Central Line-Related Bloodstream Infections and Microbiological Study

Table of Contents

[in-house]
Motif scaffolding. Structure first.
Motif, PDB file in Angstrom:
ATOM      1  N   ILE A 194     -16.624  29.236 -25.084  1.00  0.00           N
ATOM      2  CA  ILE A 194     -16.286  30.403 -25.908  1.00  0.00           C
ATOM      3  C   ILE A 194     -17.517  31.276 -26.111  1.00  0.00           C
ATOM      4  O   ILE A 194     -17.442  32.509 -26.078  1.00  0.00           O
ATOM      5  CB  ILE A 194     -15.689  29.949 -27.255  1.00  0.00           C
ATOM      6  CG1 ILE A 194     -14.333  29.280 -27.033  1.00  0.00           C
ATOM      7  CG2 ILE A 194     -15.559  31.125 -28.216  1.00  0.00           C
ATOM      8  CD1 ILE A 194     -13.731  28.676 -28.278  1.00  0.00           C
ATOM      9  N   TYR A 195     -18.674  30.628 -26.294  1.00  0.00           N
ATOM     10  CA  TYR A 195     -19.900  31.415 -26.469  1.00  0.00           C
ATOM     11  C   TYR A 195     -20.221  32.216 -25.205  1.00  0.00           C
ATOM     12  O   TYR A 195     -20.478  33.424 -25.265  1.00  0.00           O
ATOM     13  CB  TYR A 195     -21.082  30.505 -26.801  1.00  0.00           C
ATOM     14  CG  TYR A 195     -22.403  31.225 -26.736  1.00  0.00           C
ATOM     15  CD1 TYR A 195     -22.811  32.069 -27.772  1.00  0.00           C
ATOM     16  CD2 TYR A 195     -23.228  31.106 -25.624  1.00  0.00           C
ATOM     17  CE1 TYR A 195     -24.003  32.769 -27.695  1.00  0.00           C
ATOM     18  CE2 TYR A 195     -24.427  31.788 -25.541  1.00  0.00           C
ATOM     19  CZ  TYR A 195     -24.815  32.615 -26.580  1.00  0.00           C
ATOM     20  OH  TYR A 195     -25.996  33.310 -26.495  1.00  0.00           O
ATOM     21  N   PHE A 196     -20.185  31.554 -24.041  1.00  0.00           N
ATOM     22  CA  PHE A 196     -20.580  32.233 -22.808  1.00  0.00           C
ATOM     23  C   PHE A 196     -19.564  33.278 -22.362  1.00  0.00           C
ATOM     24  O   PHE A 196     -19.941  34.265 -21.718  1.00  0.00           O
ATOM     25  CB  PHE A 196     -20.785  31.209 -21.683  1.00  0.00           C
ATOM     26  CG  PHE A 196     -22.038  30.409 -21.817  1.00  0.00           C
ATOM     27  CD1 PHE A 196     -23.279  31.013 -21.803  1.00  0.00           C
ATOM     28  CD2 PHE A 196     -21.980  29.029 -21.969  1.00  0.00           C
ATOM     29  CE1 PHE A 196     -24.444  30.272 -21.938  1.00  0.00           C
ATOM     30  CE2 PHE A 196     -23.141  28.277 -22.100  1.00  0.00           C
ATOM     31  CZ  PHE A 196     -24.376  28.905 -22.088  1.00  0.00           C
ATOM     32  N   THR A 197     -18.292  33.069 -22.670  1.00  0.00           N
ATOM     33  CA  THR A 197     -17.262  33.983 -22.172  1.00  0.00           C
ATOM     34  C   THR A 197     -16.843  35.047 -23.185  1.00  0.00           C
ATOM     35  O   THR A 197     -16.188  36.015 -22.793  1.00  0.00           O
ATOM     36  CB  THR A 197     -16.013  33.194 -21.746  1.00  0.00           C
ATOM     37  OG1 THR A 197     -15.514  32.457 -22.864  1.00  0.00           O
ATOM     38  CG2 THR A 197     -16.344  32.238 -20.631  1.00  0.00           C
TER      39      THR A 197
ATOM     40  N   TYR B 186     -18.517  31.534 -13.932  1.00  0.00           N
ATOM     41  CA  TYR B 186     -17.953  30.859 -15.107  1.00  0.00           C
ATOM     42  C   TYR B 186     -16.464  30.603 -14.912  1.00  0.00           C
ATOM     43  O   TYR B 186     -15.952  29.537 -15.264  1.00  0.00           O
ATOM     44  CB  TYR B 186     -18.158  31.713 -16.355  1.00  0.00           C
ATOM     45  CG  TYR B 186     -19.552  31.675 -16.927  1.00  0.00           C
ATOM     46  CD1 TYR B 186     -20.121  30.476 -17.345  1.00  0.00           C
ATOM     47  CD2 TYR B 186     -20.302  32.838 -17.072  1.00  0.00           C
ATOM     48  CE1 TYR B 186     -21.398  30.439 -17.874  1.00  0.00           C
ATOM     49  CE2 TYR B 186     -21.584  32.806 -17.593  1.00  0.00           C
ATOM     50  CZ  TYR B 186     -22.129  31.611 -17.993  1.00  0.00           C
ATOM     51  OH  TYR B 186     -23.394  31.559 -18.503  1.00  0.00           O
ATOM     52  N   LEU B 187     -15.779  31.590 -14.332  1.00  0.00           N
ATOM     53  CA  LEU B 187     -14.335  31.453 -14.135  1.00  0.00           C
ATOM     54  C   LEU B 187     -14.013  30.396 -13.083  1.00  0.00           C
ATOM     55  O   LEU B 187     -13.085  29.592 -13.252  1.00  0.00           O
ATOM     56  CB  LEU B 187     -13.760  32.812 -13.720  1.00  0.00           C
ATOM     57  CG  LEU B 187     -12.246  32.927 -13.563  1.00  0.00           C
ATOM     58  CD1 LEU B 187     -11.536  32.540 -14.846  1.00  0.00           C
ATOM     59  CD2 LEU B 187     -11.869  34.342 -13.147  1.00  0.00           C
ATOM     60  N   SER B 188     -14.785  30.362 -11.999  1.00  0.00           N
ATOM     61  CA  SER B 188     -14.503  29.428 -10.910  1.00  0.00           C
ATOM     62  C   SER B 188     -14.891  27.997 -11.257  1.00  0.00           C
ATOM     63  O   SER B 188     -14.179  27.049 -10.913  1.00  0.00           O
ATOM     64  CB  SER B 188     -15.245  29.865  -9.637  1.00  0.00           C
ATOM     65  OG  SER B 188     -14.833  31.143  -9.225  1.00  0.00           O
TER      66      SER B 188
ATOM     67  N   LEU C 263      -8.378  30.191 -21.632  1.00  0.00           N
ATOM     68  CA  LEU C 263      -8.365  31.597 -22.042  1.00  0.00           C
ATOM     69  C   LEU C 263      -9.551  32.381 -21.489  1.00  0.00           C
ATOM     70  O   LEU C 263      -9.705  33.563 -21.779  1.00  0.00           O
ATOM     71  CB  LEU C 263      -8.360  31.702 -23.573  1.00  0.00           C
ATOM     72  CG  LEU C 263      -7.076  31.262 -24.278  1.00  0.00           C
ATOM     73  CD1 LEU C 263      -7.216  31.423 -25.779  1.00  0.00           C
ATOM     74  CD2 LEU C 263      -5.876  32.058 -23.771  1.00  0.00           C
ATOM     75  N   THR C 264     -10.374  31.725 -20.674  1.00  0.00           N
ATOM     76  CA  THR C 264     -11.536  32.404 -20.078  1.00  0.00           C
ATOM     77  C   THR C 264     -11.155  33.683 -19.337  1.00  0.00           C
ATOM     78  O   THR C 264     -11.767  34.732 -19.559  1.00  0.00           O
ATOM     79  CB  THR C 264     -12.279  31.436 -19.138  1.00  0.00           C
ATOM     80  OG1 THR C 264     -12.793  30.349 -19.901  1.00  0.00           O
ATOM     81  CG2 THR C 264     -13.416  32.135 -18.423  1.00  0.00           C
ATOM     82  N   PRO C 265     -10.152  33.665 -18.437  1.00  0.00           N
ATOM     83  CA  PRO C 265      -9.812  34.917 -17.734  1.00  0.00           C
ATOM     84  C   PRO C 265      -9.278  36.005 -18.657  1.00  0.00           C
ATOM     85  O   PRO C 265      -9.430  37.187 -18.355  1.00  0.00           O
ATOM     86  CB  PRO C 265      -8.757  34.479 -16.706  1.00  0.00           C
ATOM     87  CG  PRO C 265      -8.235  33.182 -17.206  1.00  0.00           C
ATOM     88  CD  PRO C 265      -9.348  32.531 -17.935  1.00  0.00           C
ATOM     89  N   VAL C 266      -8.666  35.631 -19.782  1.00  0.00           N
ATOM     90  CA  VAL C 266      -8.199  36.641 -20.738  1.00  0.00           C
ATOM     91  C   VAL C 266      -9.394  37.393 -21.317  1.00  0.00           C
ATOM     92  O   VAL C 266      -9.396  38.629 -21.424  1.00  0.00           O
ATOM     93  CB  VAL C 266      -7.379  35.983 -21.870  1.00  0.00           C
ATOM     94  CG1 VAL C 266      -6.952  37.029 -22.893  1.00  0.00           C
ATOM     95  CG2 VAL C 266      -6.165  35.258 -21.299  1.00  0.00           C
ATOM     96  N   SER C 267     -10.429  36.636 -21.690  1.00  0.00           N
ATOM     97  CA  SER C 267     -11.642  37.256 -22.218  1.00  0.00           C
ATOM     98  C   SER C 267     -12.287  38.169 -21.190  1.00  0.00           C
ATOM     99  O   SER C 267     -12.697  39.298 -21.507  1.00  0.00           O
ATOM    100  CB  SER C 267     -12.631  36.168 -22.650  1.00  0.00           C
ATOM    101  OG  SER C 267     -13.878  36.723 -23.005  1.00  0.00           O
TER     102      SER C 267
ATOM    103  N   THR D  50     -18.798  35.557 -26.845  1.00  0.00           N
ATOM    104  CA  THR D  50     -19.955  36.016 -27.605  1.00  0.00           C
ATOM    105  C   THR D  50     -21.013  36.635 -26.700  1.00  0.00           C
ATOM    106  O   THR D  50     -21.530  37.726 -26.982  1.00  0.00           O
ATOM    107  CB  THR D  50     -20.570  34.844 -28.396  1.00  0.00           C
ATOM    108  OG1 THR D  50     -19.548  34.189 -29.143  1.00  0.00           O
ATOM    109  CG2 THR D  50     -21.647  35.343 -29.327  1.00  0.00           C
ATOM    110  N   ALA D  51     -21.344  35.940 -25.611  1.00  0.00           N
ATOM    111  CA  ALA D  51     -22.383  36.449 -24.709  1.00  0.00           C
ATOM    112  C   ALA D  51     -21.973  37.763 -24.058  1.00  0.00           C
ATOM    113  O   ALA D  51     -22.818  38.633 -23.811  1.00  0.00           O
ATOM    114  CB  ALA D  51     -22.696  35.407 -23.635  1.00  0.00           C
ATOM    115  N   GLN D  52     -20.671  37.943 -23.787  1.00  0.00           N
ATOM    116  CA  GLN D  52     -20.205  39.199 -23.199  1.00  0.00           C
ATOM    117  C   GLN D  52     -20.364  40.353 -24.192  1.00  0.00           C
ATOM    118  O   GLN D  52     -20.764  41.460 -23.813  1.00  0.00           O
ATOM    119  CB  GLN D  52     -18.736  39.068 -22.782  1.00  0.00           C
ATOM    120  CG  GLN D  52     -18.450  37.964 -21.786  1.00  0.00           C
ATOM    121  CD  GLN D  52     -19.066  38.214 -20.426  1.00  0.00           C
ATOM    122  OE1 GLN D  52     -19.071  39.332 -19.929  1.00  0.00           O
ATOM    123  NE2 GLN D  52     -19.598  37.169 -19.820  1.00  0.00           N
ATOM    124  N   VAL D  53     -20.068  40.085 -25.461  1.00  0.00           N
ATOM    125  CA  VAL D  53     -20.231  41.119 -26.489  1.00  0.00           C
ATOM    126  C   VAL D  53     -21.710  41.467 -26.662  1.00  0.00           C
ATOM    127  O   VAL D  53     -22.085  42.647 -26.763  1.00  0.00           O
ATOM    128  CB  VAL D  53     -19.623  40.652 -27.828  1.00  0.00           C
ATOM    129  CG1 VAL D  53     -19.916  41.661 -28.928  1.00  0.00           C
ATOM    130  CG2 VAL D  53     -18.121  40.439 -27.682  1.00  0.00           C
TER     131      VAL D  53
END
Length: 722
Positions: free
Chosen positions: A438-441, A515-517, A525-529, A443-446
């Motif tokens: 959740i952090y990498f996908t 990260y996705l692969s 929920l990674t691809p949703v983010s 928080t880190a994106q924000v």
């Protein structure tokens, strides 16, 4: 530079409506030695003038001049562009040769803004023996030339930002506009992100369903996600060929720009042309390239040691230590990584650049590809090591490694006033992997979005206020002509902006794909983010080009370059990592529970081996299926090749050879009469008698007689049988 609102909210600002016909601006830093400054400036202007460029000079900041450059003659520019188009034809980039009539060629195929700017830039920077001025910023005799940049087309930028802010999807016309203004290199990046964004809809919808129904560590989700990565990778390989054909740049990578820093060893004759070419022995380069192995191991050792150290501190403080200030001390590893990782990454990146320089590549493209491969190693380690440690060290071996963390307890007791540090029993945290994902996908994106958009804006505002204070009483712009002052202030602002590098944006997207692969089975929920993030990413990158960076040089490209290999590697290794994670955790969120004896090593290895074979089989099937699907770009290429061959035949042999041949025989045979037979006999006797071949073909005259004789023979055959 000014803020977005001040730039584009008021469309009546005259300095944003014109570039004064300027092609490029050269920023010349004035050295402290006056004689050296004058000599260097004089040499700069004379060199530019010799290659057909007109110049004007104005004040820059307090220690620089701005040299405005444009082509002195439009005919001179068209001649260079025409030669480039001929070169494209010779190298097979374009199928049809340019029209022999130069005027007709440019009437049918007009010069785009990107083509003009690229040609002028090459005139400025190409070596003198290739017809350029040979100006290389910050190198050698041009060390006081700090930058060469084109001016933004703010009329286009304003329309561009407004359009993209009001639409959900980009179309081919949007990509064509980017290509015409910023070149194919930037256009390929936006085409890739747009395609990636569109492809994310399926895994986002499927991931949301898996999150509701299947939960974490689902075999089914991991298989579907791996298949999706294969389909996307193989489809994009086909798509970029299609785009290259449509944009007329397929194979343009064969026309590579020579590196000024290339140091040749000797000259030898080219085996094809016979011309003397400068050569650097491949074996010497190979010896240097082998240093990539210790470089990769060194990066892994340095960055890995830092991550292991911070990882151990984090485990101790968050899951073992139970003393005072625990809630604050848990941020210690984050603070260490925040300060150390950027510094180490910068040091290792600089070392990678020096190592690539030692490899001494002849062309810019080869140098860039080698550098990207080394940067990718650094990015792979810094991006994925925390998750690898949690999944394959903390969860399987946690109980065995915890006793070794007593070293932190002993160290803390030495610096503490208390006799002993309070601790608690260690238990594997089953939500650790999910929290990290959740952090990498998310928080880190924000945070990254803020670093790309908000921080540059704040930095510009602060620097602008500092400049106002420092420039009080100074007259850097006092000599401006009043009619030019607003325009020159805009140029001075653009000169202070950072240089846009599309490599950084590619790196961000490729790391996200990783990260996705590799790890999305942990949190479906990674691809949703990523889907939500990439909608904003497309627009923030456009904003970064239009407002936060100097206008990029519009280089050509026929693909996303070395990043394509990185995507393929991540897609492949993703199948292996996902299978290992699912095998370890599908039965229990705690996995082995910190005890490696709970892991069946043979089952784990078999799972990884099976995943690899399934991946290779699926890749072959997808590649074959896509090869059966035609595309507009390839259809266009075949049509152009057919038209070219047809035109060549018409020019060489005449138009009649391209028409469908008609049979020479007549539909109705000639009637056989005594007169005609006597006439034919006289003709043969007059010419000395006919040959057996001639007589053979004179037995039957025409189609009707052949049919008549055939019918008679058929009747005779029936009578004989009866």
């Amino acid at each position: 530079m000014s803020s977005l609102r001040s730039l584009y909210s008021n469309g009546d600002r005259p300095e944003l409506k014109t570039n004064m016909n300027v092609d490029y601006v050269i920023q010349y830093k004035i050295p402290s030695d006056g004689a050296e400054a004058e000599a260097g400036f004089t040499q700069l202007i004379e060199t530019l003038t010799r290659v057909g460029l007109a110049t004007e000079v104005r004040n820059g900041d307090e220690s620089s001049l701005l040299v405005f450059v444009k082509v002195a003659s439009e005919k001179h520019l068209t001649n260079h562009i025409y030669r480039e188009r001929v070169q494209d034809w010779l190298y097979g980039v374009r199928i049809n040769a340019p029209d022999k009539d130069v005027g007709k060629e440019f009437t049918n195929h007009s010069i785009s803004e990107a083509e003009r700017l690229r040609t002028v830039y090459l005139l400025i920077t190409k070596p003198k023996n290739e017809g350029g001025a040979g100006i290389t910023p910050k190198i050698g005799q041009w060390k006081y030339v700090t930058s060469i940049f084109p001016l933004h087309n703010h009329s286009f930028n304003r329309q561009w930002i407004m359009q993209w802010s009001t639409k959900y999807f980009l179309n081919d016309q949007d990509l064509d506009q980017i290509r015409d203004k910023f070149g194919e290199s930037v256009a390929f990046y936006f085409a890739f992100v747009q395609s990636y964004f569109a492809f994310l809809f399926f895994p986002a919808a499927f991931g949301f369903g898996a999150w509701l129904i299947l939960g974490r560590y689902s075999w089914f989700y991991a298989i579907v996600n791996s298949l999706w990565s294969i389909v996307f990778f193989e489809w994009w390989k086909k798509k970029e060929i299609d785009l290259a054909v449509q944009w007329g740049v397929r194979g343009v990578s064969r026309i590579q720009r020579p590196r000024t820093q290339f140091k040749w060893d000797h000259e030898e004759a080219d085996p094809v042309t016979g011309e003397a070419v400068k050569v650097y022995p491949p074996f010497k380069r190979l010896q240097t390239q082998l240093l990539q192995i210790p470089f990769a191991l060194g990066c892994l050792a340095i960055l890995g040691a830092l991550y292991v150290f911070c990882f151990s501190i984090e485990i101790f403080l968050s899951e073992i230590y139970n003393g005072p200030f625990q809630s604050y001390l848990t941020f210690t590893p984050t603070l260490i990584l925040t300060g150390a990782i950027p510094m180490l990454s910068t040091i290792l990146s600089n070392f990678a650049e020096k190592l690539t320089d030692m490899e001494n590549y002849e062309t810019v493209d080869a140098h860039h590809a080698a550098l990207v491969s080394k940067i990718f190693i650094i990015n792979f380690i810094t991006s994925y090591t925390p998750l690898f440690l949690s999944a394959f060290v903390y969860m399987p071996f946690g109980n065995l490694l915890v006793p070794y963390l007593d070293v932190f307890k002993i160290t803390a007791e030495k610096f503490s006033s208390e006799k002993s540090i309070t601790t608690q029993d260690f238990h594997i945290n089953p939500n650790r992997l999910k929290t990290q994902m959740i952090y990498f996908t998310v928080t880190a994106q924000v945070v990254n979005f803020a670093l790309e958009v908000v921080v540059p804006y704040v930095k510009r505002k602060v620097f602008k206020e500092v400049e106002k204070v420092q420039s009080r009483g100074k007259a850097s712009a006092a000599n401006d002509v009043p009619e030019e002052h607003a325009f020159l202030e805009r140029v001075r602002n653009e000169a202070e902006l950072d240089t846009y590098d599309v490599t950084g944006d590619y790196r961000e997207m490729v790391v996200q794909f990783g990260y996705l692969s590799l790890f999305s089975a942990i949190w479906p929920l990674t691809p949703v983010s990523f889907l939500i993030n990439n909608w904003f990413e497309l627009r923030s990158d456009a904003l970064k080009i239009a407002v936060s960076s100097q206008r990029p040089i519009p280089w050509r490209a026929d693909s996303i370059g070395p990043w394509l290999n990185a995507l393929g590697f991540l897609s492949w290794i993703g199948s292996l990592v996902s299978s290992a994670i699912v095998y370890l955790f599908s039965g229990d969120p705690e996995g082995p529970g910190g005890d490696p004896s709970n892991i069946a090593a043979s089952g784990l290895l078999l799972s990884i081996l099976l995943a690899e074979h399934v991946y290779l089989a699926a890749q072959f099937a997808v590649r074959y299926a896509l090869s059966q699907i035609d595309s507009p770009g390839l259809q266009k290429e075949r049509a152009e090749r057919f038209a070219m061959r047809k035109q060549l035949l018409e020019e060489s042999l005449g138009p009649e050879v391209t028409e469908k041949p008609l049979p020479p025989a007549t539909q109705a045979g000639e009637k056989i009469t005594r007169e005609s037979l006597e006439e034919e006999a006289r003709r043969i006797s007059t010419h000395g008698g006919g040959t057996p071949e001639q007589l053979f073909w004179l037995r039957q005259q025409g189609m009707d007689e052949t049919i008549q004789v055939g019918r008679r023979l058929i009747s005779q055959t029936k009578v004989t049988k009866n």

Introduction Central Venous Catheter is utilized to administer parentral fluids or high alert medication , obtain venous samples and measure central venous pressure in critically ill patients. (1). Insertion of CV catheters have been associated with many hazards. The most frequent hazard is blood-stream infections (BSIs) (2). The risk factors of catheter-related blood-stream infections (CRBSIs) have been categorized into catheter-related factors, patient-related factors and technical related factors. (3). Thus, Critical care nurses can manage and control these factors by applying the strict aseptic techniques and following the CDC evidence-based guidelines(4,5). . Gram-negative bacilli and gram-positive cocci are responsible for a higher proportion of catheter-related infections in the critical care units(CCUs) than other health care settings. (6). Biofilm formation has not only been considered as a key factor in a venous catheter-related infection but also include resistance to antibiotic administration. (7). The compliance to preventive measures and maximal barrier precautions such as the use of antimicrobial-coated catheters during catheter insertion have been verified to reduce the spread of blood stream infection. (4) And health care costs (8). Owing to insufficient data related to central venous catheter bloodstream infection originated from critical care settings in our country, this study was conducted in one critical care unit at a ministry of health hospital to determine the incidence, risk factors, microbes and investigates the antimicrobial susceptibility and resistance by CVC-BSI isolates.Research questions:The following research questions were stated:1-what is the incidence rate of CLABSI among the studied ICU patients?2- What are the predisposing factors to CLABSI among the studied ICU patients?3-what are the microorganisms responsible for the incidence of to CLABSI among the studied ICU patients?4- What are the patterns of antibiotic sensitivity of the separated bacteria in critically ill patients?2-Subjects and methods2.1. Design: a descriptive exploratory design was employed. Consecutive critically ill patients were engaged into the study between September 2015 and September 20162.2. SettingThe study was conducted at a medical critical care unit at a ministry of health hospital in Egypt. 2.3. Sample A purposive sample of 120 adult patients admitted to the critical care unit and underwent insertion of central venous catheters were recruited. The inclusion criteria involved patients who showed negative blood culture before insertion of central venous catheters. 2.4. Methods- Patients’ demographic and clinical data: such as age, gender, body mass index, pre-morbid disease, length of hospital stay.-Central venous catheter-related data: such as insertion site , number of catheter lumen, use of guide wire, duration of insertion, duration of Cather in situ, and location of insertion-Blood culture Specimen collection: This Procedure was performed by critical care nurses. It contained hand wash before the procedure, cleaning the puncture site with 10% povidone and wearing the sterile gloves. After that, blood samples were obtained from the peripheral vein utilizing strict aseptic technique measures. Next, that sample was used for qualitative culture and incubated at 37⁰C. A cultural groups within a larger culture were carried out on MacConkey’s and blood agar plates after 24, 48 and 72 hr and incubated for 24 hrs at 37⁰C. Organisms were identified by gram staining, the configuration of bacterial colony and biochemical tests achieved by routine laboratory techniques (9). Blood cultures were withdrawn at immediate admission and seven days after insertion of central venous catheterAntibiotic sensitivity testing: Antibiotic sensitivity test of bacterial strain separation on 23 frequently used antibiotics were applied on MullerHinton agar medium by disk diffusion technique according to National Committee for Clinical Laboratory Standards (NCCLS) as mentioned by (10) utilizing Disc of antibiotics such as Erythromycin (15μg), Cephalexin(30μg), Ceftriaxone(30μg), Chloramphenicol (30μg Piperacillin (100μg), Colistin(50μg), Streptomycin (25μg), Cefotaxime (30μg), Gentamycin (10μg), Amikacin (30μg), Neomycin(30μg), Vancomycin(30μg), Azithromycin (30μg), Tetracycline (30μg), Amoxicillin(30μg), Penicillin ( 10μg), Ceftazidime (30μg) , Cloxacillin (1μg), Nalidixic acid (30μg), Ciprofloxacin(5μg), Cotrimoxazole (25μg) Levofloxacin (5μg), and Imipenem (10μg) were placed on each isolated bacteria respectively and incubated at 37°C. Later, after 24 hours of incubation, the diameter of zone of inhibition that encircles the antibiotics was quantified as suggested by the Clinical Laboratory Standard Institute (11).The procedure of data collection The patients were contacted by the researchers to explain the steps of the CVP insertion and withdrawing sample for blood culture. Later the written permissions were taken from the patients to engage in the study. Next, the patients’ demographic data and clinical profile were fulfilled by the researchers from the medical records including age, sex, body mass index, pre-morbid disease, length of hospital stay. This stage consumed half an hour for each patient. Later, the nurse researchers attended the procedure of insertion of central venous catheters for each patient. Central venous CVCs were supplied as an available kit and inserted using a Seldinger technique by intensive care physician. Insertion was carried out under strict aseptic techniques (gowns, gloves, and masks). The insertion site ( jugular or subclavian ) was cleaned with 10% povidone-iodine solution for at least 1-2 min and a sterile field protected with long wraps . After sterilization of the insertion site, the physician underwent the insertion process. During this invasive intervention, the researchers observed the procedural steps and recorded the CVCs related data including the site of insertion, duration of insertion, the use of guide wire, the number of lumens, and duration of Cather in situ. . Following completion of CVC insertion, the critical care nurses withdrew the venous blood culture. The site of insertion was covered by sterile gauze and a transparent adhesive tape. This phase took 30-45 minutes for each patient. Later, the withdrawn samples were aseptically transferred to the laboratory to be cultured. Dressings were replaced if the gauze became soiled. CVCs were not routinely replaced unless they were suspected of being contaminated. The blood culture was repeated again on the seventh of insertion. After 72 hours, the researcher got the patients’ blood culture reports and recorded them. If blood culture was positive , the bacterial isolates and sensitivity test were carried out and documented . The overall data collection took 16 months starting from May 2015 to September 2016. Ethical consideration This study was authorized by the ethical committee of faculty of nursing, Cairo University. As well, written official permission was got from the head of the critical care unit at Al-Haram Hospital in Egypt. Every patient was reviewed by the researchers to explain the main issue of the study. In addition, formal consent was taken from all engaged patients. Moreover, Confidentiality of patients’ data was secured throughout the study. Content validity and reliability Content validity of study tools such as an observational checklist of central venous catheter-related data and patients’ clinical profile were reviewed by nine experts in the critical care nursing and microbiology specialties . Based on experts’ recommendations, the researchers employed the content validity index (CVI) to investigate the quantitative content validity of the established data collection tools utilizing a 4-point likert scale (12). The critical threshold value for CVI was adopted at 0.79 (Polit et al., 2007). Items that showed a CVI of 0.79 or more were incorporated in the final form of both tools . Concerning the content validity ratio, the assigned experts were requested to calculate each item quantitively on a 3-point Likert scale– distributed as follows ; important (graded 1), Useful but not important (graded 2) and not important (graded 3). In relation to the number of experts and the critical values of content validity ratio as proposed by (13). Elements that revealed a CVR of 0.5 or more were adopted . Reliability for both checklists were tested utilizing the Cronbach Alpha (r=0.83) in a pilot study of 12 patients. Data AnalysisThe present data were analyzed employing the statistical package for social sciences (SPSS) version 21. Continuous data was calculated such as mean and standard deviation (SD), while the qualitative data were illustrated as frequencies and percentages. Moreover, Chi-square was tested for correlates qualitative data. The level of significance was adopted at 0.05.Results:Patients ‘ demographic and clinical characteristics Out of 120 patients, more than half of patients (57.5%) were male, their mean age was 52.2 . Moreover, 43.3 % of patients were overweight. Regarding the clinical characteristics’ of enrolled patients , most of them were hypertensive 82(68.3%). Furthermore, the reason for the insertion of CVC in most of the patients was emergent intervention 108(90%). Concerning the duration of hospital stay, the majority of patients 81(67.5%), their duration of hospital stay was less than 10 days with the mean 9 days. (Table 1).Microbiological characteristics of the studied cases Of the 120 patients enrolled in this study, all subjects’ displayed negative blood culture i.e. no growth of microorganisms immediately after the insertion of central venous catheters. On the other hand, 13 patients (10.8%) displayed positive culture 7 days after insertion (fig.1). Concerning the finding pertinent to bacterial separates from blood cultures of infectious cases, it revealed that 10 cases were infected with Staphylococcus epidermis and the other 3 cases were infected with Staphylococcusaureus .(table 2).Catheter profile and risk factors to CRBSI among the studied patients Of the 120 critically ill patients participated in this study, all patients’ CV catheters were inserted in the critical care setting and had a three lumen (triple lumen) . In relation to the duration of CVC insertion, all thirteen cases of CRBSI spent more than 15 minutes in the procedure of CVC insertion utilizing guide wire. Furthermore , almost half of studied patients ( 52.5%) underwent insertion of central venous catheters through the jugular vein, However, the occurrence of CRBSI was higher in patients with the subclavian route ( 6.66%) when compared with Jugular route (4.16%). Regarding the duration of the central venous catheter in place, more than two-thirds of patients (67.5%) spent less than 7 days. However, all the CRBSI cases (10.83%) stayed more than seven days as seen in table 3.Cultural sensitivity of bacterial isolates to antibioticsRegarding examining he cultural sensitivity of bacterial isolates to antibiotics in the current study, it showed that all separated bacteria were sensitive to Vancomycin, Amikin, and Levofloxacin. Whereas, most of the bacterial isolates were resistant to Amoxycillin Clavulanic acid (80) . and Meropenem, (60%) as seen in figure 2).Discussion This study aimed to investigate the incidence, organisms and risk factors for central venous catheter related bloodstream infection in critical care unit at one of ministry of health hospital in Egypt. Of the 120 patients engaged in the present study, 13 (10.8%) acquired blood stream infection after seven days (fig.1). These findings are in line with (14) who investigated bloodstream infections and found that CLBSI in critically ill patients reached 6.0%. As well, the present findings are agreed with (15) who found that the ratio of blood stream infection 10.2 per one thousand catheters per day. Also, 16 found the proportion of bloodstream infection represented 1.4 per 1000 catheter per day. Similarly, our findings are in line with other previous studies done by (17-19 ) who mentioned a bloodstream infection proportion was 9.2 per 1,000 catheters / day in developing countries that have similar obstacles in Egypt such as inadequate compliance with infection control measures and the nurse-patient ratio is inappropriate On studying the separation of bacteria from blood cultures in the present study, it revealed thirteen cases of bloodstream infections, ten of these cases were infected with Staphylococcus epidermidis. The possible rationale for that finding has been related to inadequate compliance with disinfection of the skin with antiseptics surrounding insertion site of venous catheter. So, Staphylococcus epidermidis lives normally on the surface of the skin and could enter the invasive sites easily and causes infection . This finding was agreed with (20) who examined bloodstream infection in patients who underwent hemodialysis and found that most of these patients caught blood stream infection caused by Staphylococcus epidermidis. As well, the current finding is agreed with a similar study carried out by (21) who examined the incidence of bloodstream infection in a tertiary teaching hospital in India and found that negative staphylococci were the common organisms causing bloodstream infection. Furthermore, the present finding is in line with 22-24 who found a dominance of Gram-negative bacteria that may have relevant to bacterial colonization of the patients care providers’ hands. Similarly, our findings are reinforced by other study done by (25) that showed that most of Gram-negative bacteria resulting in BSI in a pediatric critical care unit . On the contrary, our finding is contradicted with a similar study done by (26) who found gram-positive cocci were the most common organisms colonizing CVCs . Regarding the study of the culture sensitivity of S aureus and S epidermidis to antibiotics , the findings revealed that these bacteria were sensitive to vancomycin, amikacin, and levofloxacin. This finding is partially agreed with another similar study done by (27) who mentioned that all isolated bacteria from CRLI were Staphylococcus and sensitive to vancomycin, teicoplanin, and linezolid. Moreover , the current finding is agreed with (28) who investigated the occurrence of bloodstream infection in the critical care unit and detected that all the bacterial isolates from blood culture were sensitive to vancomycin and teicoplanin. Respecting to the study of the antibiotic resistance of S. epidermidis isolates and S.aureus in the current study, it illustrated that the most of cases were resistant to Amoxycillin and Meropenem, on the other hand, half of the cases were resistant to ofloxacin, , ceftriaxone , and clindamycinPossible risk factors for BSI have been mentioned in previous studies, e.g., catheter type , insertion site , duration of catheterization, , duration of hospital stay, three lumen catheter . Respecting to our study, it was noticed that the average mean of hospital stay length was ten days in non infected patients. While the patients who stayed more ten days, they developed bloodstream infection. This finding is supported by (22) who studied prevalence of hospital acquired infections in Estonia and mentioned that prolonged hospital stay have been related to higher proportions of blood stream infection. Whether the number of lumens in the CVCs was associated with a higher rate of infection is controversial. In our study, the nurses utilized the three-lumen catheter (triple lumen) for all the studied patients. The possible explanation for selecting a triple lumen catheter was an administration of parenteral fluids, medications, blood products and measuring CVP. Therefore, the catheter was manipulated many times per day. Our finding is in agreement with (29-30) who detected in the multivariate analysis that the possibility of acquiring a bloodstream infection was high when a patient had used a multiple-lumen CVC compared to a one -lumen catheter. Regarding the location of patients’ CVC insertion. Our study findings revealed that all insertion cases were implemented in critical care setting and almost half of them were carried out in emergency situations. As a result, the occurrence of blood stream infection was predicted . The possible explanation is the best attention to adherence to preventive measures during the CVC insertion in emergency cases might not be achievable due to frequent handling of CV catheters per day to monitor patients’ hemodynamic status or to obtain venous samples for laboratory investigation. Our findings are matched with (31) who mentioned that the occurrence of infection is higher in critical care settings than other settings. They associated the probable reasons with the procedure of insertion of central venous catheter that might need longer duration of time in insertion and frequent handling per day for administering fluids, medications, and blood transfusion. It has been validated that insertion site of CV catheter is risk factor for the induction of blood stream infection (24). The insertion of CV catheters via jugular vein is more prone to catch infection than those inserted in the sub-clavian vein. This may have related to factors that enrich contamination of the skin next to jugular veins such as the spread of sputum droplets, difficulties in catheter fixation and frequent dressing (17).